It’s easy to be deceived by the simplicity and pretty colors of InMaps and Ripples. But just imagine what it all means when additional layers of information about your connections and how you interact with them are inserted into this model. Suddenly, you see candidates very differently.

How likely is it, for example, that someone educated in Atlanta, whose work experience is with a large corporation (for three years), who does not read or share any tech-related news articles with his or her network, and who has no influential contacts in San Francisco, is going to be successful working at a startup?

LinkedIn’s gold mine is in helping us see and understand these connections and interactions. And you can be sure LinkedIn is developing products right now that package this information in ways useful to recruiters.

The new age of influence

There is an awful lot happening in the LinkedIn space. Dozens of companies are in the race to crack recruiting on Facebook, but regardless of what happens on that front, two major trends will shape LinkedIn’s direction:

1.  The growth in free agency: 44 percent of active employees in the United States are now in non-traditional categories (i.e. temporary, contract, part-time, etc.). While the non-recessionary level would be closer to 30 to 35 percent, this is still a large and growing part of the working population. Think about the effect on resumes. Rather than a linear progression through a career, the reality for many is much closer to a skills-based evolution with different projects building up experience (and connections.) Improved skills and connections are the currency of the new job market, and job seekers will prioritize projects based on what skills they will gain and with whom they will work. A traditional resume will increasingly be a very poor template to demonstrate competency in the future.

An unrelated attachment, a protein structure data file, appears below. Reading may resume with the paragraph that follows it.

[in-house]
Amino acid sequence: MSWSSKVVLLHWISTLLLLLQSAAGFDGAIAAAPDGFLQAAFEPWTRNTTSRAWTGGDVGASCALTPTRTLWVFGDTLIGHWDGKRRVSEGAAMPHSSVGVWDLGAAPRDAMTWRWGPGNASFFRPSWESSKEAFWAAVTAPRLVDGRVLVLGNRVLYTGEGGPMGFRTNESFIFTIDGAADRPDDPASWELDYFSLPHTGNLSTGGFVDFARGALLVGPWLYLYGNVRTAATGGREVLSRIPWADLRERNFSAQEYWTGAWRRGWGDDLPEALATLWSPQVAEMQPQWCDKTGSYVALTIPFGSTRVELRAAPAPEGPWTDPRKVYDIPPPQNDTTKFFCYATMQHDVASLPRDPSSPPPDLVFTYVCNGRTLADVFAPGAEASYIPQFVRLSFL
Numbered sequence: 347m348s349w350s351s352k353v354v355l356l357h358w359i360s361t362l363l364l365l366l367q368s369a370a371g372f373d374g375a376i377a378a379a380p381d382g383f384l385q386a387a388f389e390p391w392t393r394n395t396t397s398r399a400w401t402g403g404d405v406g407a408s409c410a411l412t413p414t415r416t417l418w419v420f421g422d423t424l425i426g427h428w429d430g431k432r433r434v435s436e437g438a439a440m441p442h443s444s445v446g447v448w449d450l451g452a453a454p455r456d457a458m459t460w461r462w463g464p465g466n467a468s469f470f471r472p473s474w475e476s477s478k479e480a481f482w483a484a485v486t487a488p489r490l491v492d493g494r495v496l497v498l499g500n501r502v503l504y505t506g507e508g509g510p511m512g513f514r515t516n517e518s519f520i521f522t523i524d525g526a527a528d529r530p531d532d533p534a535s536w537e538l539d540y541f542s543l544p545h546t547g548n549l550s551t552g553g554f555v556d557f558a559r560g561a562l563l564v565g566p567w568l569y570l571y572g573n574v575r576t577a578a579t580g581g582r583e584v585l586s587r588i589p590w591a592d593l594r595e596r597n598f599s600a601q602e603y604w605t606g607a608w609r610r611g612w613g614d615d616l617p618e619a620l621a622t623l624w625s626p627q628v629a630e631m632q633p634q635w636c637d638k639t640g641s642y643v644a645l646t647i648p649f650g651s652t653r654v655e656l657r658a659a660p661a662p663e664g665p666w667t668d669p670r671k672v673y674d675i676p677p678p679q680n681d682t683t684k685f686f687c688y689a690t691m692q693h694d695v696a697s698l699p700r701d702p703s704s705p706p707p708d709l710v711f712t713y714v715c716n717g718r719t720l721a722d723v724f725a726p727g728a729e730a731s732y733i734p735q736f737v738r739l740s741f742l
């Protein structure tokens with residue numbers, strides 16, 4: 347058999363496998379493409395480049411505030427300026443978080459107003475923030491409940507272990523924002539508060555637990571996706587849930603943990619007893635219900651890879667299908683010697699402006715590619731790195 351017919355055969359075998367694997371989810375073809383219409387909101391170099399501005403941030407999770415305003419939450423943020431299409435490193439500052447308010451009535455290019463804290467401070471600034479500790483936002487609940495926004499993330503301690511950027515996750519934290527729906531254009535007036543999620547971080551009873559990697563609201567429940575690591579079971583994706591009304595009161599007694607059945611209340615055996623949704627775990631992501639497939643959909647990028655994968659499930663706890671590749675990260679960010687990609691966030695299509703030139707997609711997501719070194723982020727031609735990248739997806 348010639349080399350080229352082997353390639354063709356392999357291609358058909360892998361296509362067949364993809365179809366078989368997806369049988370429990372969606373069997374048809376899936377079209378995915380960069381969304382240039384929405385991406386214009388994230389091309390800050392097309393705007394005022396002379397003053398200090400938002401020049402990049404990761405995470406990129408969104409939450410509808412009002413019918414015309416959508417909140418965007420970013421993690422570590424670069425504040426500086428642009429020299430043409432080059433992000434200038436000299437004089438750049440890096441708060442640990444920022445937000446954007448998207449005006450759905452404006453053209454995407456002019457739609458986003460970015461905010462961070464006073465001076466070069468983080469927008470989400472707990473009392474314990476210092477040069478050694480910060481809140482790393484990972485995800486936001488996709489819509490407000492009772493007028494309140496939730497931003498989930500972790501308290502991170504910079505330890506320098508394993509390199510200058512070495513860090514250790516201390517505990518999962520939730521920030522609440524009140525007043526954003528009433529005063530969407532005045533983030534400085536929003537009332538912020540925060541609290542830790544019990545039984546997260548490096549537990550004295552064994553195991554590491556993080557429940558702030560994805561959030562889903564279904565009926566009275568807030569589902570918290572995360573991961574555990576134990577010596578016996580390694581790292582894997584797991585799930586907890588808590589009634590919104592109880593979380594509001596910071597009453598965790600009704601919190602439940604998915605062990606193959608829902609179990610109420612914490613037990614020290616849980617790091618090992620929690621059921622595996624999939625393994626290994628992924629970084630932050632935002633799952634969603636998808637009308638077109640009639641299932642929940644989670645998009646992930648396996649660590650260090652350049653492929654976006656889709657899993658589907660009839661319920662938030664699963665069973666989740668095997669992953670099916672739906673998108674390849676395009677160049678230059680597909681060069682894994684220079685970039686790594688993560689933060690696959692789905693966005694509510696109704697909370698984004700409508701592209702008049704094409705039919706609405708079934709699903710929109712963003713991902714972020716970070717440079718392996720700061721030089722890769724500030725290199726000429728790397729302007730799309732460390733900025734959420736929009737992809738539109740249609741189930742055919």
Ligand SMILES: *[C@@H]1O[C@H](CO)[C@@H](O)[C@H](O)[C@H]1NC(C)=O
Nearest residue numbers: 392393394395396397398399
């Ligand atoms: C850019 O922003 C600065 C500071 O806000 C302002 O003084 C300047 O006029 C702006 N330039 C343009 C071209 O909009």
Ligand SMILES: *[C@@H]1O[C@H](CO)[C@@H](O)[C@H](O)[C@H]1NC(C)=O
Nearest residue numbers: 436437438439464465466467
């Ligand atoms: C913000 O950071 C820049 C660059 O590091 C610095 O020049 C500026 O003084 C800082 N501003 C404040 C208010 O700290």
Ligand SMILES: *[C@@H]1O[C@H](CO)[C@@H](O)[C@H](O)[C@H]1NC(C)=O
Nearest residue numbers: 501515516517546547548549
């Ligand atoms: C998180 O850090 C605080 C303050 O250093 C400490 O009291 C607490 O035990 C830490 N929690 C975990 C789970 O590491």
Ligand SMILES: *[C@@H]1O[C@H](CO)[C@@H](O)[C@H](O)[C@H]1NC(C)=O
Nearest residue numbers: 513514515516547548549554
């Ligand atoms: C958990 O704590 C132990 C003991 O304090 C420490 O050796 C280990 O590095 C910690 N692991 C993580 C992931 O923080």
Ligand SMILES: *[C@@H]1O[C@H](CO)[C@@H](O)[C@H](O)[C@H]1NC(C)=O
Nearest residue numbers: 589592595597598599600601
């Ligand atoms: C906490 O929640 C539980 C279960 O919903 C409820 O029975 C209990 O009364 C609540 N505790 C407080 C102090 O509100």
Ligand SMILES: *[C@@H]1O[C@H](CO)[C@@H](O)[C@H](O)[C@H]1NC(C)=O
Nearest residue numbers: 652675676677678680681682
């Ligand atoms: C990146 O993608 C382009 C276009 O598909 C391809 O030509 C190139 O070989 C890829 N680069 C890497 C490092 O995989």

2.  The rise of “expert:” As more people become disconnected from traditional work opportunities, the need to market their own expertise is becoming paramount. Increasingly, people realize that the creation and curation of content relevant to their networks and target markets are key to their future work opportunities.

It’s this second point that is the most interesting indication of LinkedIn’s future development. Experts need to be able to promote their content, share and comment on others’ content, bring interesting stories to their networks, ask and answer questions, join networking groups and attend events.

The really interesting idea—and one fundamental to the way I see LinkedIn’s future developing—is what is the value of all that interaction? What are the metrics and measurement of influence?

A bunch of companies—Klout, Peerindex, EmpireAvenue and Crowdbooster among them—are innovating like crazy, trying to determine who is influential online, and on what topics. They are easy to make fun of, and in some instances, manipulate. But like it or not—and a lot of long-term bloggers most definitely do not—they provide the answer for organizations that are asking: If the “old” media is dead, and all this “new” media has replaced it, who do I need to work with to get my message out?

LinkedIn already made changes to the way users’ skills can be aligned into niche topics, and in how influential people are deemed to be (within LinkedIn) on certain topics. What remains unclear is whether LinkedIn can attract a large enough proportion of the activity that experts undertake more diffusely on the “web across platforms like Quora and Focus to dominate the space of “grading influence.” 

With these three elements—the database, the social network and the algorithm—all existing together, LinkedIn is quietly dominating the evolving market of talent sourcing.

But the future goes well beyond these three elements. The future of LinkedIn is tied to the growing importance of experts in a free-agent economy, and to the increasing need among these experts not just to create content, but to curate it, share it and distribute it as a way of connecting with potential employers. Employers will no longer rely on your resume, but on your entire digital footprint–a trend LinkedIn is perfectly positioned to determine in the future.

LinkedIn is a window into the changing nature of employment, and how it facilitates and supports this change will ultimately define its success.